The Rockies rebounded from an 87-loss season to 87 wins in 2017 and a wild card appearance. Can they return to the postseason again in 2018 for the first back-to-back playoff berths in franchise history?
Wade Davis (free agent), Bryan Shaw (free agent), Chris Iannetta (free agent), Jake McGee (re-signed)
Greg Holland (declined option*), Carlos Gonzalez (free agent*), Matt Reynolds (free agent*), Tyler Chatwood (free agent), Jonathan Lucroy (free agent*), Pat Neshek (free agent), Ryan Hanigan (free agent)
*still a free agent
One of the reasons I pushed back these NL West team previews was because of this slow market, and the Rockies still have four free agents who haven’t signed anywhere yet. In other words there is still time for Colorado to improve, and if they have designs on contending in 2018 they should.
The Rockies made a big splash this offseason in one area though, spending $106 million on a trio of three-year deals for Wade Davis, Bryan Shaw and Jake McGee. Add in the already-signed Mike Dunn ($7 million) and Adam Ottavino ($7 million) and Colorado is paying $44.5 million to five relief pitchers in 2018, making them one of the most expensive bullpens in major league history.
On a fundamental level the Rockies’ strategy makes sense. Colorado has had trouble attracting free agent starting pitchers ever since the Mike Hampton and Denny Neagle debacles 17 years ago. So instead the Rockies will try to shorten the game from the back end instead, trying to buttress a young staff (see below).
Pitching was a strength for the Rockies in their surprise wild card run in 2017, and will probably be so again this year. But the question is can the offense hold up their end of the bargain?
The Rockies did lead the National League in runs scored in 2017, led by legitimate MVP candidates Charlie Blackmon and Nolan Arenado. But despite that Colorado still managed to underwhelm offensively.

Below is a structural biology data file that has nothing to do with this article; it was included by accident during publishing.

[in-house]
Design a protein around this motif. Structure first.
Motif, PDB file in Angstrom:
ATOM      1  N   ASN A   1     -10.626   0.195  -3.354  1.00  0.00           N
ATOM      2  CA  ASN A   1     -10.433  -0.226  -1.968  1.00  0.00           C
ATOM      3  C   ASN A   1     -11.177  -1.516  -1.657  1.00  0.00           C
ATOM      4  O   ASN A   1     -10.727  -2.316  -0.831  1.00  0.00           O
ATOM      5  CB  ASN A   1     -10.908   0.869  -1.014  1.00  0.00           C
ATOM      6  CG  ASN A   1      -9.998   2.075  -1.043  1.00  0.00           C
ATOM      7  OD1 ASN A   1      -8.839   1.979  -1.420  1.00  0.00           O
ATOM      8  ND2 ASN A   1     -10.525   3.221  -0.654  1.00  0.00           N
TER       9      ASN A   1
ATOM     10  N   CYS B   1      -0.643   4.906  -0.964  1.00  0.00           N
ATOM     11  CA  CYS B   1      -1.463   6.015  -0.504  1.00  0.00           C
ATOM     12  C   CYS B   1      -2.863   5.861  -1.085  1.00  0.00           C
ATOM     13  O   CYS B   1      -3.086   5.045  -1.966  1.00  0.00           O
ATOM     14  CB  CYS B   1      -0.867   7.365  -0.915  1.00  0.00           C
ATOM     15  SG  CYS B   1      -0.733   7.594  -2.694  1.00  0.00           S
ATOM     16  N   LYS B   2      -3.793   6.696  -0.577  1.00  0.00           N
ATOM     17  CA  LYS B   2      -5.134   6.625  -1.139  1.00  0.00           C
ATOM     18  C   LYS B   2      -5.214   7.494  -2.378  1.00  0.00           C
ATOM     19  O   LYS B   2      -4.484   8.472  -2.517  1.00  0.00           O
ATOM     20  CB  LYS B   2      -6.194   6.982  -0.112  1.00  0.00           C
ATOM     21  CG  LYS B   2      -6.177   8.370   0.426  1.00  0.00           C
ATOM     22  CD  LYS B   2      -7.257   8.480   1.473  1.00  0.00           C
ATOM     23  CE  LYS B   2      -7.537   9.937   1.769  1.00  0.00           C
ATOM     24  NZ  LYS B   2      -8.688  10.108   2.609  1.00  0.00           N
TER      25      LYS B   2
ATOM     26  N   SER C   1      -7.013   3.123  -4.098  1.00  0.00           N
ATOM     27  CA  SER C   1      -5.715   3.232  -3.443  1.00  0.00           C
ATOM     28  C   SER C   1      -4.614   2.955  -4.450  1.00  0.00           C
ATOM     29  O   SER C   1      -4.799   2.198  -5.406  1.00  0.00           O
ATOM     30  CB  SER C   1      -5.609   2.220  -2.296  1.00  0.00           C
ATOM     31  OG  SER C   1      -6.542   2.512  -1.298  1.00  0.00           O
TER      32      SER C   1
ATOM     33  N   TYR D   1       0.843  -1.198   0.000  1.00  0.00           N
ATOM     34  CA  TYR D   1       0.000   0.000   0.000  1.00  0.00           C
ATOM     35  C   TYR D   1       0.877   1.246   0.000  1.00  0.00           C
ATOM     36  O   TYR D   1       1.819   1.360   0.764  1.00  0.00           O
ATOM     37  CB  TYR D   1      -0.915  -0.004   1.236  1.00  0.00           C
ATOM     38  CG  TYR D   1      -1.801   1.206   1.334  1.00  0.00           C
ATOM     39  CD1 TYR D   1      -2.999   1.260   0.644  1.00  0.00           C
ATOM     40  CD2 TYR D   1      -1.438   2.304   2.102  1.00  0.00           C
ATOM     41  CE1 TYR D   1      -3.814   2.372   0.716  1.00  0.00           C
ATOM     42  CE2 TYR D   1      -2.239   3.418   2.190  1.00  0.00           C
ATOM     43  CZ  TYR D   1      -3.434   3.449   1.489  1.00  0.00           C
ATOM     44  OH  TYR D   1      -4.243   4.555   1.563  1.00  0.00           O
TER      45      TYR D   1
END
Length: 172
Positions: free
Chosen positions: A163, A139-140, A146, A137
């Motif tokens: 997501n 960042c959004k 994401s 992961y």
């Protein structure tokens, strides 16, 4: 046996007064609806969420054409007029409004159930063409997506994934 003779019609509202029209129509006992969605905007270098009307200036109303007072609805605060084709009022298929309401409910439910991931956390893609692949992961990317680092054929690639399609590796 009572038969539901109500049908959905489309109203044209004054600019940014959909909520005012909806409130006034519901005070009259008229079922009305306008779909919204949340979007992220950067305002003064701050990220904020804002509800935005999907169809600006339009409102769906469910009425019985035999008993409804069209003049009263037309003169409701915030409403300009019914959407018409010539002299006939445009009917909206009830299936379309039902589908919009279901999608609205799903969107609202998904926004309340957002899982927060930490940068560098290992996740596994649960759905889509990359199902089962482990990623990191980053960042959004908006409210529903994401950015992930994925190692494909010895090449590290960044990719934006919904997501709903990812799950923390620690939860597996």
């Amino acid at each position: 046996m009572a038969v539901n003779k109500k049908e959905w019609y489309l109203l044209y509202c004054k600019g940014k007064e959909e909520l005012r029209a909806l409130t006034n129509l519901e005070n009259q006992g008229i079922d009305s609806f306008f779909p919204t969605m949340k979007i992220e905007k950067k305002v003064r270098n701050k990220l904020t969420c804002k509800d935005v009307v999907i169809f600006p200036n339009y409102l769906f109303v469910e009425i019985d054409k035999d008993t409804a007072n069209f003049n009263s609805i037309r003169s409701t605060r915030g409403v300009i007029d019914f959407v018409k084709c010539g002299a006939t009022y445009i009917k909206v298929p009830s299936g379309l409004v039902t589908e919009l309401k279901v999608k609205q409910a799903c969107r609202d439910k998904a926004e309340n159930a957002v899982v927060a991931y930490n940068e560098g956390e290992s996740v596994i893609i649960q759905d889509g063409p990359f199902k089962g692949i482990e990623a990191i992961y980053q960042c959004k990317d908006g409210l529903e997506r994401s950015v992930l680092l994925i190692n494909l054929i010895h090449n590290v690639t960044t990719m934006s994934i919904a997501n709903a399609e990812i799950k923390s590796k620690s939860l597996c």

Colorado had just a 91 OPS+ and an 87 wRC+ overall, hitting .248/.312/.390 on the road. Outside of Blackmon and Arenado, only Reynolds and Lucroy (acquired at the trade deadline) had at least an average OPS+ or wRC+.
As of now the Rockies are counting on improvements from Trevor Story and Ian Desmond, among others, and for David Dahl to claim an outfield spot after missing all of 2017 with rib and back injuries.
Adding Chris Iannetta, a career league-average hitter who posted a 114 OPS+ (.254/.354/.511) for Arizona last year, will help. But even accounting for those rebounds Colorado seems like it could still use another bat to round out the offense.
The Dodgers and Rockies avoid each other for nearly the first third of the season, going 46 games before meeting at Dodger Stadium. The two teams don’t play in Denver until June.
Colorado got a whopping 93 starts from rookie pitchers in 2017, with German Marquez, Kyle Freeland, Antonio Senzatela and Jeff Hoffman combining for a 4.61 ERA as starters, which in Coors Field counts for a 109 ERA+. The former pitcher and longtime pitching coach Bud Black seemed a perfect fit in his first year as Rockies manager.
Add in that ace Jon Gray is just 26 and made only 20 starts last year, there is room for improvement and a lot to like on the pitching side in 2018.
I am thrown by Bovada violating the cardinal rule of over/unders (always set it at a half-number). I do like the Rockies’ pitching but overall their offensive shortcomings will hurt them. I put Colorado in the same boat as the Giants, over .500 and on the periphery of contention, but falling just short of the playoffs. I reserve the right to amend this if Colorado adds a bat or two.